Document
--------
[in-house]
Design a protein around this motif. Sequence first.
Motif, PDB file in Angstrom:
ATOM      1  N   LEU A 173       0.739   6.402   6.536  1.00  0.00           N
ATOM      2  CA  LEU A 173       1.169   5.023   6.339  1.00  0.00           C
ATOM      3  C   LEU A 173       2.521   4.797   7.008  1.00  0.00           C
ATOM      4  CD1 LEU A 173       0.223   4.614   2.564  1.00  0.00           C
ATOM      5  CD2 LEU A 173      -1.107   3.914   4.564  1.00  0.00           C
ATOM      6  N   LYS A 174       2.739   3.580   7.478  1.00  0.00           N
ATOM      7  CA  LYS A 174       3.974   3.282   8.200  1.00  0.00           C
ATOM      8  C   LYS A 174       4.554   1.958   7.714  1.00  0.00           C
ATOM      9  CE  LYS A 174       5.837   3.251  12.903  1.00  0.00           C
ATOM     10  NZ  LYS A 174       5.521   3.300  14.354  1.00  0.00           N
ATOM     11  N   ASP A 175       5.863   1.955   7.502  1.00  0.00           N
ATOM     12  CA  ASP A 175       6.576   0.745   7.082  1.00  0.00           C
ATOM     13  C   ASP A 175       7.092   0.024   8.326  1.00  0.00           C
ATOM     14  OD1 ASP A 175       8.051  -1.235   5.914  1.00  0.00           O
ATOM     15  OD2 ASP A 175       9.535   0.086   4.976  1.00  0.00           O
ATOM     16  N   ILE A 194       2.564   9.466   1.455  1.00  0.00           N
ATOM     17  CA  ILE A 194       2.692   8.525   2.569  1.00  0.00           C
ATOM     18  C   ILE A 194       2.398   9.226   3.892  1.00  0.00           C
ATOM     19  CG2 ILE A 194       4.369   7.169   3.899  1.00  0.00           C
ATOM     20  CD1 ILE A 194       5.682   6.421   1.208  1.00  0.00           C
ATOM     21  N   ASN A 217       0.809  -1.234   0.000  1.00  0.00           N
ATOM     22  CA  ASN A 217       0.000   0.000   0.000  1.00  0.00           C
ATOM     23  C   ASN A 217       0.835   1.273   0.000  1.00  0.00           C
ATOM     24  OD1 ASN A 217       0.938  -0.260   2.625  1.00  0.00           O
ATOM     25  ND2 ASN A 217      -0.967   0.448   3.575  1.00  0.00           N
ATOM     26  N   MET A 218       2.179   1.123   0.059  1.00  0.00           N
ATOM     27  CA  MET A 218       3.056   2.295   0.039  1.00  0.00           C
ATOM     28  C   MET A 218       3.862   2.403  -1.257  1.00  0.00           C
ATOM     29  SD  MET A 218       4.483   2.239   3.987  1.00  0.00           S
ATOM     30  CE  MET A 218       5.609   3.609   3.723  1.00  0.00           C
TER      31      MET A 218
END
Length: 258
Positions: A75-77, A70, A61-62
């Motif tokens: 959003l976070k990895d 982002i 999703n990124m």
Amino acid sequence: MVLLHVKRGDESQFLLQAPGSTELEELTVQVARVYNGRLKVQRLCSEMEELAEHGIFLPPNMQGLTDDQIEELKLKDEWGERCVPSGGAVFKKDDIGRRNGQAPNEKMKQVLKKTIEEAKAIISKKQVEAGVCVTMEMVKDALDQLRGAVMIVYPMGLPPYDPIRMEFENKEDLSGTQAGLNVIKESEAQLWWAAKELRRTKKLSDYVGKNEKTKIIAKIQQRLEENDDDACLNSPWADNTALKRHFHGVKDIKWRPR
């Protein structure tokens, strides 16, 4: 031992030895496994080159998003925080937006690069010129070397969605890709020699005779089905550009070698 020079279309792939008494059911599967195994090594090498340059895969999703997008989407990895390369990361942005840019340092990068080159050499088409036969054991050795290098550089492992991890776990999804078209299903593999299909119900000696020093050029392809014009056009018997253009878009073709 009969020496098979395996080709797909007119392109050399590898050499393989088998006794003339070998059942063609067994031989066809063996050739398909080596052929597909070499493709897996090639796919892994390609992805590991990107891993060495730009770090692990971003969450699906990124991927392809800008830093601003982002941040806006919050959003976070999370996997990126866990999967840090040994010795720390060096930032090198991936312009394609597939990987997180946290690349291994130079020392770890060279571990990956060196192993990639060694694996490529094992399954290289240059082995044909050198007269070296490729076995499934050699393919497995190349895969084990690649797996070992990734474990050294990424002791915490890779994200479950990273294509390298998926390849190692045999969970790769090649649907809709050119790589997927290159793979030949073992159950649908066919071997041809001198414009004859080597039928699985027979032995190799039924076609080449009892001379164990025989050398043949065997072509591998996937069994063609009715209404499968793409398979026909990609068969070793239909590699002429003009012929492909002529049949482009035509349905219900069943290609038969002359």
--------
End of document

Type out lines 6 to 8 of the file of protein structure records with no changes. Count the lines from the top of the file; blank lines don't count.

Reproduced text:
ATOM      3  C   LEU A 173       2.521   4.797   7.008  1.00  0.00           C
ATOM      4  CD1 LEU A 173       0.223   4.614   2.564  1.00  0.00           C
ATOM      5  CD2 LEU A 173      -1.107   3.914   4.564  1.00  0.00           C